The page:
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Chapter 16 | Emergency Procedures


This chapter contains information on dealing with non-normal and emergency situations that may occur in flight. The key to successful management of an emergency situation, and/or preventing a non-normal situation from progressing into a true emergency, is a thorough familiarity with, and adherence to, the procedures developed by the airplane manufacturer and contained in the FAA-approved Airplane Flight Manual and/or Pilot’s Operating Handbook (AFM/POH). The following guidelines are generic and are not meant to replace the airplane manufacturer’s recommended procedures. Rather, they are meant to enhance the pilot’s general knowledge in the area of non-normal and emergency operations. If any of the guidance in this chapter conflicts in any way with the manufacturer’s recommended procedures for a particular make and model airplane, the manufacturer’s recommended procedures take precedence.


This section contains information on emergency landing techniques in small fixed-wing airplanes. The guidelines that are presented apply to the more adverse terrain conditions for which no practical training is possible. The objective is to instill in the pilot the knowledge that almost any terrain can be considered “suitable” for a survivable crash landing if the pilot knows how to use the airplane structure for self-protection and the protection of passengers.


The different types of emergency landings are defined as follows.

  • Forced landing. An immediate landing, on or off an airport, necessitated by the inability to continue further flight. A typical example of which is an airplane forced down by engine failure.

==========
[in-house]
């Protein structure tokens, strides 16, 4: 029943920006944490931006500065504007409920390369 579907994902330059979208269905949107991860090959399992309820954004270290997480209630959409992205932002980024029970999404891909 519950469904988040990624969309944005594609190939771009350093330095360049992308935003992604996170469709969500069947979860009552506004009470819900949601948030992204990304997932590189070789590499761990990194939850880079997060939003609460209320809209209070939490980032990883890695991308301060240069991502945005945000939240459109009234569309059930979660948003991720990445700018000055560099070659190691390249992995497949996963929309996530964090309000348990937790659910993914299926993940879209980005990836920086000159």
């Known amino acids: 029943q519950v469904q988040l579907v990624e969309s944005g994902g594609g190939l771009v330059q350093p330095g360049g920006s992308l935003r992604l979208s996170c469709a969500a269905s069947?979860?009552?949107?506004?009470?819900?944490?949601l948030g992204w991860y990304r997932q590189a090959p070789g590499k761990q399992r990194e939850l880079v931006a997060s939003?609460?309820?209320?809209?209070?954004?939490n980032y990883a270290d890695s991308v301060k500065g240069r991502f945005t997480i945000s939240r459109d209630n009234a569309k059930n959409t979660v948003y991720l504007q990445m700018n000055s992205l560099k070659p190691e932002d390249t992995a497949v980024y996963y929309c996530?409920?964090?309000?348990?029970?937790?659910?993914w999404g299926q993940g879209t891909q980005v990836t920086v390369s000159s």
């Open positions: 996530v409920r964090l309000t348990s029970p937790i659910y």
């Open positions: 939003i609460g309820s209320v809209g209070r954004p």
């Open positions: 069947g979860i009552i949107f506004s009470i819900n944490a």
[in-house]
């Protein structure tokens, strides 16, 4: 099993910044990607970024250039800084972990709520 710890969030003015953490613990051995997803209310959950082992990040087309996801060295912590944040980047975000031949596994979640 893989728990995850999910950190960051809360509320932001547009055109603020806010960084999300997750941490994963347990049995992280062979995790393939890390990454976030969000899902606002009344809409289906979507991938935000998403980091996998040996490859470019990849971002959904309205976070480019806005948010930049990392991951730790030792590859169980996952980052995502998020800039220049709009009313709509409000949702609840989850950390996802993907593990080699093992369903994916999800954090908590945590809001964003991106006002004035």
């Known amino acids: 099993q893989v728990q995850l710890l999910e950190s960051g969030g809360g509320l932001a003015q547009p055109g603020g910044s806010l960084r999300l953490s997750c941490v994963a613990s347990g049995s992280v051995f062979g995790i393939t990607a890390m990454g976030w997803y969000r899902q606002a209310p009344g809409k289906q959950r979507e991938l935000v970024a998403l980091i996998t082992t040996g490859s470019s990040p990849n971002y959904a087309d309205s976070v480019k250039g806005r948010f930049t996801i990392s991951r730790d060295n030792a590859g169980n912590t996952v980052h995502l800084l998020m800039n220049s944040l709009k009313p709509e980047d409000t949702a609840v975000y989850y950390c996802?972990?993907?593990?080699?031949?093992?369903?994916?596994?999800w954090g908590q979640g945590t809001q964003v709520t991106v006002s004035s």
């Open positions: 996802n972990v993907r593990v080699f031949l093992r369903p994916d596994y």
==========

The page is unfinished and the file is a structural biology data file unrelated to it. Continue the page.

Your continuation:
• Precautionary landing. A premeditated landing, on or off an airport, when further flight is possible but inadvisable. Examples of conditions that may call for a precautionary landing include deteriorating weather, being lost, fuel shortage, and gradually developing engine trouble.

  • Ditching. A forced or precautionary landing on water.

A precautionary landing, generally, is less hazardous than a forced landing because the pilot has more time for terrain selection and the planning of the approach. In addition, the pilot can use power to compensate for errors in judgment or technique. The pilot should be aware that too many situations calling for a precautionary landing are allowed to develop into immediate forced landings, when the pilot uses wishful thinking instead of reason, especially when dealing with a self-inflicted predicament. The non-instrument rated pilot trapped by weather, or the pilot facing imminent fuel exhaustion who does not give any thought to the feasibility of a precautionary landing accepts an extremely hazardous alternative.


There are several factors that may interfere with a pilot’s ability to act promptly and properly when faced with an emergency.

• Reluctance to accept the emergency situation.

A pilot who allows the mind to become paralyzed at the thought that the airplane will be on the ground, in a very short time, regardless of the pilot’s actions or hopes, is severely handicapped in the handling of the emergency. An unconscious desire to delay the dreaded moment may lead to such errors as: failure to lower the nose to maintain flying speed, delay in the selection of the most suitable landing area within reach, and indecision in general. Desperate attempts to correct whatever went wrong, at the expense of airplane control, fall into the same category.